**I like ONE GOOD SHOT at a snowstorm potentially bringing us 4” or more, with most other events being minor (less than 3”)

**It’s possible we could have one last accumulating snow event in March this year

**I think a significant icing episode (one bringing us ¼” of ice or more) is a greater risk this season based partly on past history of “neutral” years

**Our ongoing drought could be tough to shake given the weak ENSO signal shaping up for this season. Don’t be surprised if drought conditions persist for awhile

As always THERE IS BUST POTENTIAL WITH ANY FORECAST, especially one that goes several months out!  The snowfall portion holds the biggest bust potential. If the subtropical jet stays suppressed to the south and/or the polar jet stays locked up into Canada, then we could wind up with less snow than forecast.  But if the two jets line up and “phase”, look out.

My thanks to Dr. Greg Goodrich, professor of meteorology at WKU, for his input while I comprised this outlook.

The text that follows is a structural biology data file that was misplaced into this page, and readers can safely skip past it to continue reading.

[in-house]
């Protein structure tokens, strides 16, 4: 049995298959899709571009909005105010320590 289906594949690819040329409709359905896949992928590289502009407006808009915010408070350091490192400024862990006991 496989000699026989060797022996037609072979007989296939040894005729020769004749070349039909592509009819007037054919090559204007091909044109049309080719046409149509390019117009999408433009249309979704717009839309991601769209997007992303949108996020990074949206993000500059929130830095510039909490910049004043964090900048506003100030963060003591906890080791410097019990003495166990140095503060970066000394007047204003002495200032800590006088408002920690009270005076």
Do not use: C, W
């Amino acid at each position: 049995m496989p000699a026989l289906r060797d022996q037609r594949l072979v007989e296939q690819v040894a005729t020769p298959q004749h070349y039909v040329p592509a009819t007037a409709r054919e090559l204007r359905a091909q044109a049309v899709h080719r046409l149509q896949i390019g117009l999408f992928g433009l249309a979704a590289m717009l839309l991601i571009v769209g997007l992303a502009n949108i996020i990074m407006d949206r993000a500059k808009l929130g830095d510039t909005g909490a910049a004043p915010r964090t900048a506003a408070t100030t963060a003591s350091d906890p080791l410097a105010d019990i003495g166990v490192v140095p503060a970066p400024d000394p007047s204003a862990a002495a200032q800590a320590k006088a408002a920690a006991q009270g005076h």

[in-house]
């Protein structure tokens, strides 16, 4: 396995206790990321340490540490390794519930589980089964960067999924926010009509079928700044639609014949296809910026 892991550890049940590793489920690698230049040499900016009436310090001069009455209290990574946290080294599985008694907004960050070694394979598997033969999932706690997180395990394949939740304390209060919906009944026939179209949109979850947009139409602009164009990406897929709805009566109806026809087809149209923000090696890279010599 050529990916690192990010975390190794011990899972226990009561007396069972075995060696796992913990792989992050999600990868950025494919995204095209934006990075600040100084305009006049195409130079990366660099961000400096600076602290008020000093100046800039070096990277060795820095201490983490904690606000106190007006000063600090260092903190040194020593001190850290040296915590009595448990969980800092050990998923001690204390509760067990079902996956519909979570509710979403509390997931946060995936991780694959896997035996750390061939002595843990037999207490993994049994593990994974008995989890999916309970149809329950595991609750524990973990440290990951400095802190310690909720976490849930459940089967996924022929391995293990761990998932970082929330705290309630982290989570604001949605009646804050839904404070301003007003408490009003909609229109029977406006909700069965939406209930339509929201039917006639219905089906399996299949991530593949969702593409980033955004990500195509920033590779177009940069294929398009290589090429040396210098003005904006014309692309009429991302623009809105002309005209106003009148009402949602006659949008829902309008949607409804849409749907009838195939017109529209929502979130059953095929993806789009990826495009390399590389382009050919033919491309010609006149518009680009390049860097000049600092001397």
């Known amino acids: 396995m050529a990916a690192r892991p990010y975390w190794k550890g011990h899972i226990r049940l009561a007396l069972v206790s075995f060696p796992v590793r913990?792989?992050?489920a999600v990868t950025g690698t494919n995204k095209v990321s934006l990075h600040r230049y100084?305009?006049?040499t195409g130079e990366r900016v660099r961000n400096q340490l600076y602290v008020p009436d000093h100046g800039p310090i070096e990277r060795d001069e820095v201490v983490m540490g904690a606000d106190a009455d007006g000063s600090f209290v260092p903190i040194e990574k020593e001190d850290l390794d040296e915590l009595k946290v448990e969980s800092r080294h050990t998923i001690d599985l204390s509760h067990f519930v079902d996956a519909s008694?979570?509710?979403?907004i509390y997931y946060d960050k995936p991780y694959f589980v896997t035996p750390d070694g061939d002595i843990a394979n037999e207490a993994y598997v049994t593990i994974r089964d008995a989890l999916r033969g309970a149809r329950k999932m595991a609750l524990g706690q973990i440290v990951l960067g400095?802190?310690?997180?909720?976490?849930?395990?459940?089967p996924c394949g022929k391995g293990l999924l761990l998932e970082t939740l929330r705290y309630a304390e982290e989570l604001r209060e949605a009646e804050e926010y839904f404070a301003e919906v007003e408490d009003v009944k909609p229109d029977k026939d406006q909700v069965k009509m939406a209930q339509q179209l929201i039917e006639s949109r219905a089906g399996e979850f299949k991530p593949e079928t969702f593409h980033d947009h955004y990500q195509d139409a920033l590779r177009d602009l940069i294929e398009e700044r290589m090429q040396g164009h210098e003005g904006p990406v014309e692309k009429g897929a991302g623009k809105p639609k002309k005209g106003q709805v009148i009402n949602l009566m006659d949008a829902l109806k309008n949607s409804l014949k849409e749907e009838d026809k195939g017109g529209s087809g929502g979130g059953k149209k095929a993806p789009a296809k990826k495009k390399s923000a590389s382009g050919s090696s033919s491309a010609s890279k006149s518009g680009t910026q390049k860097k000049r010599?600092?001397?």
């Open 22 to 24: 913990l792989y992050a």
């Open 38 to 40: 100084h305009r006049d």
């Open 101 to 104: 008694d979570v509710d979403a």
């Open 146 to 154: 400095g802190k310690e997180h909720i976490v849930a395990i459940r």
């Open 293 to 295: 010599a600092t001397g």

And now…we watch. And wait.

Thanks for reading.

Shane

Shane Holinde’s Winter Weather Outlook 2015-2016

With the start of “meteorological winter” (the period from Dec . 1st through the end of February) almost here, it’s time for me to make that annual stab at forecasting what’s to come for South-Central KY in the next three months. If you love snow, perhaps you’ve been awaiting this with baited breath. Then again, if you’re one of those that strongly dislikes snow and cold, perhaps you are NOT looking forward to this season after the way last winter concluded! But it’s important for all of us to remember that each season truly is its own animal. Some of the players on the field going into this Winter are obvious. Others…well, not so much. And it’s those variables – aka the “wild cards” – that can throw things for a loop. Think “Dr. Jekyll and Mr. Hyde”, as I believe that’s how changeable this upcoming season will be.

jeckyll